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Mathies NCOA: Making today’s leaders better

  • Published
  • By Senior Airman Spencer Tobler
  • 81st Training Wing Public Affairs

KEESLER AIR FORCE BASE, Miss.-- Before sewing on the rank of Staff Sgt. and officially becoming a noncommissioned officer, Airmen are tasked  to accept a charge:

“You are charged with maintaining the highest level of communication and rapport with subordinates, remaining attuned to their needs, being ever mindful that the key is empathy, not apathy.”

“You are charged at all times with presenting an image of competence, integrity, and pride – the image of a professional noncommissioned officer.”

Becoming an NCO holds huge responsibility. The Mathies NCO Academy further instills the quality leadership skills required to be an effective NCO.

“We’re the second level of professional military education for NCOs,” said Senior Master Sgt. Jessica Player, MNCOA director of education. “We teach individuals how to take their ‘team player’ characteristics they have acquired and help them become the ‘team builder’ their unit will need.”

The 25-day course is a student driven class that helps NCOs become the capable and competent Airman that the Air Force needs.

“Our job as instructors is to facilitate guided discussions, activities and essentially learn from each other,” said Tech Sgt. Santanna Landis, MNCOA professional military education instructor. “I can stand in front of a board and click through PowerPoints all day, but people learn a lot more from hearing about each other’s experiences.”

There are 10 NCOAs across the Air Force, all of them offering career changing advice to the students who attend.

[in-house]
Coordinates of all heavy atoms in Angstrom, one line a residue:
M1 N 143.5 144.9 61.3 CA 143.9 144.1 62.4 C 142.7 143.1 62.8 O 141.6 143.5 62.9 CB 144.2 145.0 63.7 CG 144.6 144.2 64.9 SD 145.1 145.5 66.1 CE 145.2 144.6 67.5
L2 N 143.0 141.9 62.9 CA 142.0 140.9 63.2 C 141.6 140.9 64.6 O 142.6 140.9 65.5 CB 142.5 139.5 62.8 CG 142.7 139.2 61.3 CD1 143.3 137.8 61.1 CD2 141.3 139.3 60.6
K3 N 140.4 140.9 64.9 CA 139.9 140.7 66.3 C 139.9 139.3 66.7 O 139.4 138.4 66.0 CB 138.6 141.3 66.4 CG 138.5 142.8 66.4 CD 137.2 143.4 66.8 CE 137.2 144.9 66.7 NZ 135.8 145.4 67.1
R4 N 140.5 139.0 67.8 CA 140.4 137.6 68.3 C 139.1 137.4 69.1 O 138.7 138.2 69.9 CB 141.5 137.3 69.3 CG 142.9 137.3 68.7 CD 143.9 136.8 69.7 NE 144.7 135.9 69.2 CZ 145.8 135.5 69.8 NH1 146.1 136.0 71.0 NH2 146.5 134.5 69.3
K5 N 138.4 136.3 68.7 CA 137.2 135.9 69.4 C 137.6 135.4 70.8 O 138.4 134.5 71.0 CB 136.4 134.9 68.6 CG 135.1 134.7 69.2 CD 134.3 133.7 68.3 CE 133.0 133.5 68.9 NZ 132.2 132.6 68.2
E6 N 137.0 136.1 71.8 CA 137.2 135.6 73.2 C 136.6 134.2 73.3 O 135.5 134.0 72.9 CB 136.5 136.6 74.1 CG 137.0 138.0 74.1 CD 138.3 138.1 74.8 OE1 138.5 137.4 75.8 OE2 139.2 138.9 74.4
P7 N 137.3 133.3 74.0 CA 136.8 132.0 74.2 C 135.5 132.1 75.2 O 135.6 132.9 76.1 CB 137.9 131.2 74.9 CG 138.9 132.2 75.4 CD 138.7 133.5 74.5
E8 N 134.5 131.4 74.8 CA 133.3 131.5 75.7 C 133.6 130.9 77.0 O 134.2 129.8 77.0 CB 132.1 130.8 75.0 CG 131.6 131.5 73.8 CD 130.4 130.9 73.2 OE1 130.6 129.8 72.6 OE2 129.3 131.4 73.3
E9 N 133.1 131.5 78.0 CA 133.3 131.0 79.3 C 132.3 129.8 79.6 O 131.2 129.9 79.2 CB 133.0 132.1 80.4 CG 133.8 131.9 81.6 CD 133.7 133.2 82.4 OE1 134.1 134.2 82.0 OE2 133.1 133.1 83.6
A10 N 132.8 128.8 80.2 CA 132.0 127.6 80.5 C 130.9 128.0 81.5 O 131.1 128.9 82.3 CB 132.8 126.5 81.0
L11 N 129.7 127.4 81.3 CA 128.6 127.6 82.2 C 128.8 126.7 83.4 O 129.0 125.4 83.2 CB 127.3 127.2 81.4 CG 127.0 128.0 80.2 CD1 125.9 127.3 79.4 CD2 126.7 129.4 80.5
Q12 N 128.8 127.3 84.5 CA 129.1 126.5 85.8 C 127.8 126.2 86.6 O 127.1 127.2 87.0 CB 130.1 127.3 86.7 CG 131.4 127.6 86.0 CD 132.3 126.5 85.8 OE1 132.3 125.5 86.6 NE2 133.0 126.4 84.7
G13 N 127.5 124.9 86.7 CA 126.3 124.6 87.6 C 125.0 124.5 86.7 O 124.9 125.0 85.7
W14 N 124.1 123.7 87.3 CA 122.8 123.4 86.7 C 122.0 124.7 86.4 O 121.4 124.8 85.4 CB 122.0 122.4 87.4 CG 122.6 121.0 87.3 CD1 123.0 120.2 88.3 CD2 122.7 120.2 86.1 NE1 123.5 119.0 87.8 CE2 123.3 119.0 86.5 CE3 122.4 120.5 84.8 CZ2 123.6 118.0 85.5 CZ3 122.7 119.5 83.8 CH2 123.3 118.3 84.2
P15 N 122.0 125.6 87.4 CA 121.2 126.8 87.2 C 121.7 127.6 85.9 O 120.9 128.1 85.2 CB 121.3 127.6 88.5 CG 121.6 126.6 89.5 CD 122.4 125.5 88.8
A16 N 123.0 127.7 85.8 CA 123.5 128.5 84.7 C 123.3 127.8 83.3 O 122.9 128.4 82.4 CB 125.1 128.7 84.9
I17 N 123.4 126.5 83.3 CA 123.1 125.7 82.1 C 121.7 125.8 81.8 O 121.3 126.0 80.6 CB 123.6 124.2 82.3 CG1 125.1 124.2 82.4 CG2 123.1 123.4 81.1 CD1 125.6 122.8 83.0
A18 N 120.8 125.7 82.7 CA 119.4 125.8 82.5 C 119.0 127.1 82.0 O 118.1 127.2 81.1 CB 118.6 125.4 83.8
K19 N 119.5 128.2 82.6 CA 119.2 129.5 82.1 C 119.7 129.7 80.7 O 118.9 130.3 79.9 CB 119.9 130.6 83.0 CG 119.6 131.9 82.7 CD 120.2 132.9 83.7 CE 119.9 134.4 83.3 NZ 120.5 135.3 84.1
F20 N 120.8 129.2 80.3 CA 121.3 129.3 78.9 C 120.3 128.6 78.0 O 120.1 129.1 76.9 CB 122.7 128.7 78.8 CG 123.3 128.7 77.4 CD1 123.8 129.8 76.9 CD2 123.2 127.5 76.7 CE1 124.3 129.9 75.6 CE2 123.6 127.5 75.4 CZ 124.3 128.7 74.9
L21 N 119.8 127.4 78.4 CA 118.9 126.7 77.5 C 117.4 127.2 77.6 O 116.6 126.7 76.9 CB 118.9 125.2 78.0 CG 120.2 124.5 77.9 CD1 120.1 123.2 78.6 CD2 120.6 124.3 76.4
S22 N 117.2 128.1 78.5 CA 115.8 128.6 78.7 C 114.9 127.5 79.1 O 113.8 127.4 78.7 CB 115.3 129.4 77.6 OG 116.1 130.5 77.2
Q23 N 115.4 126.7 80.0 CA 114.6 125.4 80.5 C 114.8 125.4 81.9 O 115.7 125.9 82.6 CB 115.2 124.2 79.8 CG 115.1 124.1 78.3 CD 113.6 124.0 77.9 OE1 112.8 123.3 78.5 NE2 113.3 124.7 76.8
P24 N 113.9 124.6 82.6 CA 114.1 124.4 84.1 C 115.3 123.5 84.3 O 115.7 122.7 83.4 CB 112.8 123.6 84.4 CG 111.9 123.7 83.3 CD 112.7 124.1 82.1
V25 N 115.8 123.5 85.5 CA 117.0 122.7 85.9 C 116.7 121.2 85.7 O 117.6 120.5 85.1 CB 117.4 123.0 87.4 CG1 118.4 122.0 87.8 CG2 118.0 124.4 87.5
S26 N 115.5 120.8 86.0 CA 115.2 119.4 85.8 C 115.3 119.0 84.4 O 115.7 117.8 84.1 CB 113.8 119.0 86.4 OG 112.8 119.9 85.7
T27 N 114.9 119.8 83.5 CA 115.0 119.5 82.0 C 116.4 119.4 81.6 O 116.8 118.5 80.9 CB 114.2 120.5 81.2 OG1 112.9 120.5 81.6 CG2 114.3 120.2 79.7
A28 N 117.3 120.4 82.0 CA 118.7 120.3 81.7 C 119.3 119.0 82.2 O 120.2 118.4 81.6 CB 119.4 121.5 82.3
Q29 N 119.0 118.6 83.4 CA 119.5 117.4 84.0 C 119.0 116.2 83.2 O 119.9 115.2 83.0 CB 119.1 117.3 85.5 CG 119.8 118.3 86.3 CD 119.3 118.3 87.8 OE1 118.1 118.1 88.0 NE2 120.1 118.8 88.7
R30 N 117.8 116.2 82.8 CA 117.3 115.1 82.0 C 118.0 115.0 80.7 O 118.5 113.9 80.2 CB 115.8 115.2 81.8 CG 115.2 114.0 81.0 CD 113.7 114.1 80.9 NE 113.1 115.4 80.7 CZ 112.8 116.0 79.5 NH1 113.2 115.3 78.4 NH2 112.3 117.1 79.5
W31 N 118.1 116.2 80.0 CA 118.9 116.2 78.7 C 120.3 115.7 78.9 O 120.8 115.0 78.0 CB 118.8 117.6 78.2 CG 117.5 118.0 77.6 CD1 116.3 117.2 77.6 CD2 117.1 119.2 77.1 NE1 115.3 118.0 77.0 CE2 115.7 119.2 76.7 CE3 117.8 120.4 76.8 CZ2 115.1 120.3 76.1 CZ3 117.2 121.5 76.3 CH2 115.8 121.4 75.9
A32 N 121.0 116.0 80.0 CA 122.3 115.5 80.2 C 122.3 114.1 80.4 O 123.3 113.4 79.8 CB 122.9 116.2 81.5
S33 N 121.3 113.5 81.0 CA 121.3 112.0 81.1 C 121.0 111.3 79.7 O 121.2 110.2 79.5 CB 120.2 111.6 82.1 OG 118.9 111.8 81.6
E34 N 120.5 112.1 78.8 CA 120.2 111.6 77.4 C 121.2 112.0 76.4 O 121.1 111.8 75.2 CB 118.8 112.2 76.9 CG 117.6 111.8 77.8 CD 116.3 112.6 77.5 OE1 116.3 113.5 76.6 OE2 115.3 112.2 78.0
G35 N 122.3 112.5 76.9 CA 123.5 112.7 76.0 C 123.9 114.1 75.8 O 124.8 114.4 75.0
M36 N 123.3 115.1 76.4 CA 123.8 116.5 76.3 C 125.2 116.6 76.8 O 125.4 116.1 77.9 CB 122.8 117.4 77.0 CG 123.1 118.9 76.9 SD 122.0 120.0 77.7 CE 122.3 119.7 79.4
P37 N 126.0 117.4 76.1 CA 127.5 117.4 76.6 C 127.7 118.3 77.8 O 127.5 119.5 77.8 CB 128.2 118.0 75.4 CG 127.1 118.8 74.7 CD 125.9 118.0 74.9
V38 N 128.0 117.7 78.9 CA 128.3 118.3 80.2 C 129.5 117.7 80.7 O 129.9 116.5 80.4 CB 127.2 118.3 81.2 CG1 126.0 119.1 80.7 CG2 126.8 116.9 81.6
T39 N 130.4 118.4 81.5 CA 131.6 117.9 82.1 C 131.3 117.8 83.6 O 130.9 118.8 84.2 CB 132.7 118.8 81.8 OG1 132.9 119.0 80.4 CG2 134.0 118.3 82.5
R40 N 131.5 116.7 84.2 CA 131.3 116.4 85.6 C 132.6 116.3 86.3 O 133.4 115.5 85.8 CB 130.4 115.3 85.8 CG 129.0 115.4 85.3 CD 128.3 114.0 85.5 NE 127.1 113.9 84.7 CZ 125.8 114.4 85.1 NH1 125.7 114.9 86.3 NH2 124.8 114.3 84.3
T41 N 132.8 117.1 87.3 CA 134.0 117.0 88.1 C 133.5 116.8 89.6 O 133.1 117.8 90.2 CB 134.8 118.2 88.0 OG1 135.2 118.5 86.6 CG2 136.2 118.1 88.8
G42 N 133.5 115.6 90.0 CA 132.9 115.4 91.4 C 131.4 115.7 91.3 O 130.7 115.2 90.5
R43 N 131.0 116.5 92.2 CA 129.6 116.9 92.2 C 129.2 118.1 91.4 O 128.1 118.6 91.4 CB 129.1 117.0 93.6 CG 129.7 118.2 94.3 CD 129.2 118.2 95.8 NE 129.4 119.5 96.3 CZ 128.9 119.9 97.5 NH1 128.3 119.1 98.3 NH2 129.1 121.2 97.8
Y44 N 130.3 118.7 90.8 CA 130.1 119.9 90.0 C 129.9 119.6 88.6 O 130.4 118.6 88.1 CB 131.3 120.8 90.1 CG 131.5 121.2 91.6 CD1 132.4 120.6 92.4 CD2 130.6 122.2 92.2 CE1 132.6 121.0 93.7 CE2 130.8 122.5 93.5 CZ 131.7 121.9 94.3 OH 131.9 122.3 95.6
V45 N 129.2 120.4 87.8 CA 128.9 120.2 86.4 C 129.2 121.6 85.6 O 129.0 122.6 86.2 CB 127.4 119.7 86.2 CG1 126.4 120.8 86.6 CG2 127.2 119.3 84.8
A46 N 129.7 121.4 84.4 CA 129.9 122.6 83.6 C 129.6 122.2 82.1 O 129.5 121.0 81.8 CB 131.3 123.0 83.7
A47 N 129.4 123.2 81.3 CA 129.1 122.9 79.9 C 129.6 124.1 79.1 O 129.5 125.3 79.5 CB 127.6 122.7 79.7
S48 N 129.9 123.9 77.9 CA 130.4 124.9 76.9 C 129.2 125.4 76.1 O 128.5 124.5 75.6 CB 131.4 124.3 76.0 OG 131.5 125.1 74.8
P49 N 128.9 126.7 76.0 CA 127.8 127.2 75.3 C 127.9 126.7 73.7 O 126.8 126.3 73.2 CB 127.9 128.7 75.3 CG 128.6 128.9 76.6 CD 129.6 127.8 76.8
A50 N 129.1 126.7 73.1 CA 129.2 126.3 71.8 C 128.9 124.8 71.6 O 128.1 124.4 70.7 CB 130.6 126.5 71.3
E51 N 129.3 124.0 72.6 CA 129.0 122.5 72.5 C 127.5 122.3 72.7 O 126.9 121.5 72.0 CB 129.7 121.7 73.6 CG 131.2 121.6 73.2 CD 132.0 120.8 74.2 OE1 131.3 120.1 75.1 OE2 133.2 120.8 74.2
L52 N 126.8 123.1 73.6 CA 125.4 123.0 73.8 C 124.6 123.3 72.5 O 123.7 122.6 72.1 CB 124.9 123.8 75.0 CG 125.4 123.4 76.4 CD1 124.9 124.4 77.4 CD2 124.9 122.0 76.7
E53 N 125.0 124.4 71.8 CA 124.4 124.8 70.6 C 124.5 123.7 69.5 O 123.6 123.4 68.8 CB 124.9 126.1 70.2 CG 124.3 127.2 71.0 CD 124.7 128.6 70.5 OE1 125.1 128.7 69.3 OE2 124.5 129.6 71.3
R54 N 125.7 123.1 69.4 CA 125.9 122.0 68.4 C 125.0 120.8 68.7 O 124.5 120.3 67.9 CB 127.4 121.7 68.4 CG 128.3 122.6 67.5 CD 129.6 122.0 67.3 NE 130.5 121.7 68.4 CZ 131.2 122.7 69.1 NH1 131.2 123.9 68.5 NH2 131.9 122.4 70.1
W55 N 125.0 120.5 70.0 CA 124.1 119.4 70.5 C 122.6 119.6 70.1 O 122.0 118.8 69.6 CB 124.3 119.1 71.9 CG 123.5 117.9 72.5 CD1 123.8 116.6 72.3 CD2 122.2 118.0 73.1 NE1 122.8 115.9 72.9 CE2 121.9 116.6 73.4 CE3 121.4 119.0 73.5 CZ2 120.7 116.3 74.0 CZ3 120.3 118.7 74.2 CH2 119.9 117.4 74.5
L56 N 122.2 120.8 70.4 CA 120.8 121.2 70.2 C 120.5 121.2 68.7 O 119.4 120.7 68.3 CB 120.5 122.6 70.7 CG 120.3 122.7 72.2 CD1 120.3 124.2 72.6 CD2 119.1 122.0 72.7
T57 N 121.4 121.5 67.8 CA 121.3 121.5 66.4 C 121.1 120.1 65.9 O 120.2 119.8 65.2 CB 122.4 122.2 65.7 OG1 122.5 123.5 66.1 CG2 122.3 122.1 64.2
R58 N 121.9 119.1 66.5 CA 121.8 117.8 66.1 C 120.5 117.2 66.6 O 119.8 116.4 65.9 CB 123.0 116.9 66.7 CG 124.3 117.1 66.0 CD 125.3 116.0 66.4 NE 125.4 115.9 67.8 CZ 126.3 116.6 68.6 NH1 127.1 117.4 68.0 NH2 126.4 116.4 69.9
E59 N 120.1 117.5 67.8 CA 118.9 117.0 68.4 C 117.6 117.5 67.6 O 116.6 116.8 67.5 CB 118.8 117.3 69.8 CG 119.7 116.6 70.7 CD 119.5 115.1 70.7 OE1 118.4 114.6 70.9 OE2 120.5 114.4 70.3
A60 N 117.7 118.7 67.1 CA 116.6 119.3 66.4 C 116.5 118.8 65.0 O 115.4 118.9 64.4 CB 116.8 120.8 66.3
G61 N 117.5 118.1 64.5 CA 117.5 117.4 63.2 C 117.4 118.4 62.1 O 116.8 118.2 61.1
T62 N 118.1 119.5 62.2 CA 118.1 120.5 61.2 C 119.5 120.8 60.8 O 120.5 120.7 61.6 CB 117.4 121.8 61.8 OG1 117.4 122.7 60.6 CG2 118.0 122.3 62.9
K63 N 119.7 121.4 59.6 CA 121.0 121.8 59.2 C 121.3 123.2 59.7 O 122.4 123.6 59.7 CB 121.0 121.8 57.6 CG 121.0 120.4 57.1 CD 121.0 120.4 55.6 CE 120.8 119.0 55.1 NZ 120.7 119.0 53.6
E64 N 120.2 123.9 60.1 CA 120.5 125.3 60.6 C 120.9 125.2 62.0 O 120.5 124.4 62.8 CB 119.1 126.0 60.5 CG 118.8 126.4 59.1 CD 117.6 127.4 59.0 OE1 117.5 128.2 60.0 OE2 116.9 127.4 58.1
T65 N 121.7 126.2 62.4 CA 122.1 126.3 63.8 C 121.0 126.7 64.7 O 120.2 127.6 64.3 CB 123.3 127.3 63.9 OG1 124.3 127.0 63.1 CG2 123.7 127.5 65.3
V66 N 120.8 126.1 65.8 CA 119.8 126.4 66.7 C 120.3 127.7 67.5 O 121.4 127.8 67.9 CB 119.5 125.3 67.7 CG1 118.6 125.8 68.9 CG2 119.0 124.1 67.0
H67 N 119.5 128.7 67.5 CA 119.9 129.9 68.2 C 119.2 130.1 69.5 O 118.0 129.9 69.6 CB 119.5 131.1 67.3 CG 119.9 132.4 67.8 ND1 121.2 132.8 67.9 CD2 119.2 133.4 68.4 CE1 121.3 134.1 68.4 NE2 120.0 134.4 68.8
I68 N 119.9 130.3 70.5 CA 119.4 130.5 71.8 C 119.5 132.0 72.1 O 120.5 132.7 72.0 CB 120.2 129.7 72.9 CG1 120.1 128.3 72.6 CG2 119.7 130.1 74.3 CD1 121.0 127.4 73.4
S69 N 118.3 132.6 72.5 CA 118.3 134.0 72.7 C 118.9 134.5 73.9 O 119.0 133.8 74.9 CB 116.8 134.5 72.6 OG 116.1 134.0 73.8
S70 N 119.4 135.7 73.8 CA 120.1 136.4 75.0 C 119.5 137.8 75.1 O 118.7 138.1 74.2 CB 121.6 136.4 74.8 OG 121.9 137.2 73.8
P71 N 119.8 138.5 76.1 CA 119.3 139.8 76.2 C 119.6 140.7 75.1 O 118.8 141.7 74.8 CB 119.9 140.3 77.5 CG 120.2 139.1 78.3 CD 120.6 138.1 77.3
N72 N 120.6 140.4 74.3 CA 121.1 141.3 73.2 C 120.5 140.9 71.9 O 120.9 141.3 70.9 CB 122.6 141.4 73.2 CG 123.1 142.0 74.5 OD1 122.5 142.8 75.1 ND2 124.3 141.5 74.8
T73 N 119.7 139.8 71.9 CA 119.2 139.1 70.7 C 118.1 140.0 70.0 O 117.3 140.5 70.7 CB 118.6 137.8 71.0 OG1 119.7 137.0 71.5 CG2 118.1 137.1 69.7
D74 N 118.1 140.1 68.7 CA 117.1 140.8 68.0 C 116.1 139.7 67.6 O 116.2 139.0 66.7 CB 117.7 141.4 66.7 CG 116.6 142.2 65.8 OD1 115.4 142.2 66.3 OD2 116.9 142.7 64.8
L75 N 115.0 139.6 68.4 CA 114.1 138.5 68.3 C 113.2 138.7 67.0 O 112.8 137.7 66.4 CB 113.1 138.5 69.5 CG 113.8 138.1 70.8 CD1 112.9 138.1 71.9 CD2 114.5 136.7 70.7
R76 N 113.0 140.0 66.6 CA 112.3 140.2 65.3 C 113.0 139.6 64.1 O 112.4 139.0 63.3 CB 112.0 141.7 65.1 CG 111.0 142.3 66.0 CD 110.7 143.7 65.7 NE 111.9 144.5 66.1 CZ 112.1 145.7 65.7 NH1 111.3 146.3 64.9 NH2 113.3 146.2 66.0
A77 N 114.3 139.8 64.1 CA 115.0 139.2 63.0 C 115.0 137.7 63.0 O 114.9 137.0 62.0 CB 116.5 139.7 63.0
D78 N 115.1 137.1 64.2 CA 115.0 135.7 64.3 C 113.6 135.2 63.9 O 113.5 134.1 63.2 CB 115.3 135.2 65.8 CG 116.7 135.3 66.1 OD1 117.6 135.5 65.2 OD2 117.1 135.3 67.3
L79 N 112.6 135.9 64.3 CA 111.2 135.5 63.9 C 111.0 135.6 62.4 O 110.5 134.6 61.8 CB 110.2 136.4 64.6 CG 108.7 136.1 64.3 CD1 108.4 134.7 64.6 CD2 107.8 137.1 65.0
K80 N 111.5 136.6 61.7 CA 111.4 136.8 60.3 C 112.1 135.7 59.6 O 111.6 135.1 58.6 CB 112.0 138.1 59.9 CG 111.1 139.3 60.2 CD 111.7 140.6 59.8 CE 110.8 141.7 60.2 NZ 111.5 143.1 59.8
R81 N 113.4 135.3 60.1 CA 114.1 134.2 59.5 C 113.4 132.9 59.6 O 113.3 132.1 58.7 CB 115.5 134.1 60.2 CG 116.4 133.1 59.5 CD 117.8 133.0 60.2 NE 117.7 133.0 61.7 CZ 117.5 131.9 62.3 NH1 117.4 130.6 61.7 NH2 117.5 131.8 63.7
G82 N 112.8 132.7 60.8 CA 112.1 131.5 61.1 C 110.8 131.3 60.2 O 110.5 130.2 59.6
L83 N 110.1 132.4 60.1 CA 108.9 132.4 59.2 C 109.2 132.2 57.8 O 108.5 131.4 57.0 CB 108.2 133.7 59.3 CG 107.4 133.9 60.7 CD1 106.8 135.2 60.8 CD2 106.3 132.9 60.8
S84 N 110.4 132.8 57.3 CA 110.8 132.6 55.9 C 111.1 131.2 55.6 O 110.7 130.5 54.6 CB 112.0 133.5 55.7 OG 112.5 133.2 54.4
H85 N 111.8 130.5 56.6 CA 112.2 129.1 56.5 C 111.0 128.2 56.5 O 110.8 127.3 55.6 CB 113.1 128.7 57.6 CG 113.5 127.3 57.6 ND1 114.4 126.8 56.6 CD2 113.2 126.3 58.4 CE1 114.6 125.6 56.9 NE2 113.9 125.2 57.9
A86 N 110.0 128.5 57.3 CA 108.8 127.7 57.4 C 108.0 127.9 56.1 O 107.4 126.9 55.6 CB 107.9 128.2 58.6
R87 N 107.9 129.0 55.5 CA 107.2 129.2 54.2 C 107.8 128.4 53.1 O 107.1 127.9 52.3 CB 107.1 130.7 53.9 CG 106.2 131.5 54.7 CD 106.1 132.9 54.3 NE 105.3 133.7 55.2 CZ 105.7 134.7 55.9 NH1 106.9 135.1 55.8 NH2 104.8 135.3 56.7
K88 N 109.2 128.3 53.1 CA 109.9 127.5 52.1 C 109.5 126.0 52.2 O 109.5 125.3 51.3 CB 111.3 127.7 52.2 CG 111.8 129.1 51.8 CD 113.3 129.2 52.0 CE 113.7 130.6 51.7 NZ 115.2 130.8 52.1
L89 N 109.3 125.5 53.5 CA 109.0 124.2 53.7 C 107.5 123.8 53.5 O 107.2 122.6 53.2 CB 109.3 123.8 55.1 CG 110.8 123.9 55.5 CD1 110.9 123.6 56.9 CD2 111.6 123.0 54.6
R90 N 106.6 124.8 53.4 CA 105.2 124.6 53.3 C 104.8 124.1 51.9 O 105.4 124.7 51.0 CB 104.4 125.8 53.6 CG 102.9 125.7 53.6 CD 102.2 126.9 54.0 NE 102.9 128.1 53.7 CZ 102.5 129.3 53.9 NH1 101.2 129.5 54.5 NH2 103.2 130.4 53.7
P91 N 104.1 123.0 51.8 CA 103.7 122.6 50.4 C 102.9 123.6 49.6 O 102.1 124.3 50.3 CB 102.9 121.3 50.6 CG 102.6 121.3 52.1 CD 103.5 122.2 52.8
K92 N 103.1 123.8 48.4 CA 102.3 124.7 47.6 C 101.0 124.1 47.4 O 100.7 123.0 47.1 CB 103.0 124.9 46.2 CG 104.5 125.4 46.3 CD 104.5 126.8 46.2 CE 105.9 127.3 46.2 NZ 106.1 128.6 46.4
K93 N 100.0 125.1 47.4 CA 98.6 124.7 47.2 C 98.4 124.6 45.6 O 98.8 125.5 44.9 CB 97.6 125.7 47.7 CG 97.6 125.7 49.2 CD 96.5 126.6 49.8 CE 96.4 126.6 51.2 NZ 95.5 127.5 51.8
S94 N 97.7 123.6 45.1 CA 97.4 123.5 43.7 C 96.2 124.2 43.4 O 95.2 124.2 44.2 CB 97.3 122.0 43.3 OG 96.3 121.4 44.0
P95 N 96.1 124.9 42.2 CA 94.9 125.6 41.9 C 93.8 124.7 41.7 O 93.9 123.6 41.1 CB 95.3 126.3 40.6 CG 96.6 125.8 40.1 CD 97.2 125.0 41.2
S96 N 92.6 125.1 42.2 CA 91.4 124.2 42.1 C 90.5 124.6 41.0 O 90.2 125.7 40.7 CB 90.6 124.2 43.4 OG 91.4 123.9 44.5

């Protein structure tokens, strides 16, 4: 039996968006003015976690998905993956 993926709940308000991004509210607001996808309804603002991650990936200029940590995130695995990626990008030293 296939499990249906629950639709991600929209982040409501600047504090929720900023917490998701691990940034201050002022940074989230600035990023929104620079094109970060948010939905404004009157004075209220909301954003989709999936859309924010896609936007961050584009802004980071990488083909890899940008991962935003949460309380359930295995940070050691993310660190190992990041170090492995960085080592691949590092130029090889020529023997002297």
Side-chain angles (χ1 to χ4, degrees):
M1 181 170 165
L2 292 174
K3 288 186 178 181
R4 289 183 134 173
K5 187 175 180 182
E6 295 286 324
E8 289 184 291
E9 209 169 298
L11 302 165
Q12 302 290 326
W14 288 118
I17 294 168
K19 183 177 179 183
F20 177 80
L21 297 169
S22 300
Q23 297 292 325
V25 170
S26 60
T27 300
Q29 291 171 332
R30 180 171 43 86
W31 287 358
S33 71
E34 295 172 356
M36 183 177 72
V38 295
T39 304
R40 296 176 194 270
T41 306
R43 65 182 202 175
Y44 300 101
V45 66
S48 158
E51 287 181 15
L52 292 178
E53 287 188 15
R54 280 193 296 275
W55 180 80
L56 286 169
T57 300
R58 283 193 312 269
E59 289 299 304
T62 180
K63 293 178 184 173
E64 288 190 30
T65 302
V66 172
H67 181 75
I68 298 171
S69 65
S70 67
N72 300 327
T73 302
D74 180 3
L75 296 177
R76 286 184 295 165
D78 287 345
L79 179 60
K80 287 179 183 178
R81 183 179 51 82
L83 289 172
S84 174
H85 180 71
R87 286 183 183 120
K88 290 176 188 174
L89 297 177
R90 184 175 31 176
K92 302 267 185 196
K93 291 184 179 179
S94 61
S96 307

“When I went through an NCOA course myself I realized how important it was to learn some of these concepts that we teach,” said Tech Sgt. Richard Wallace, MNCOA professional military education instructor. “It’s meant to get people outside of their comfort zone, have them find their ‘why’ and their purpose of being in the Air Force. We often times forget to self-reflect our purpose inside the overall mission.”

MNCOA host approximately 1,000 students each year, some of them having forgot what it means to be an NCO.

“I want these people to understand that they are leaders,” said Landis. “People like to put everything on their SNCOs, but NCOs are the ones that establish the culture of a unit and we want them to understand that.”

After the course, instructors hope that students will go back to their units with a new outlook on their role.

“If I can change just one person’s perspective I’m happy,” said Wallace. “It starts that ripple effect, you plant a seed in one person you never know how much they’re going to bloom and change other people throughout their career.”

The MNCOA team understands their responsibility of sending NCOs back better than they were before they came.

“We want just want to make sure our counterparts are armed with the right information,” said Player. “People tend to drift off what the Air Force has taught them and go off of their own perspective, we’re here to correct and make deliberate developmental change in people, that’s what I’ve enjoyed most.”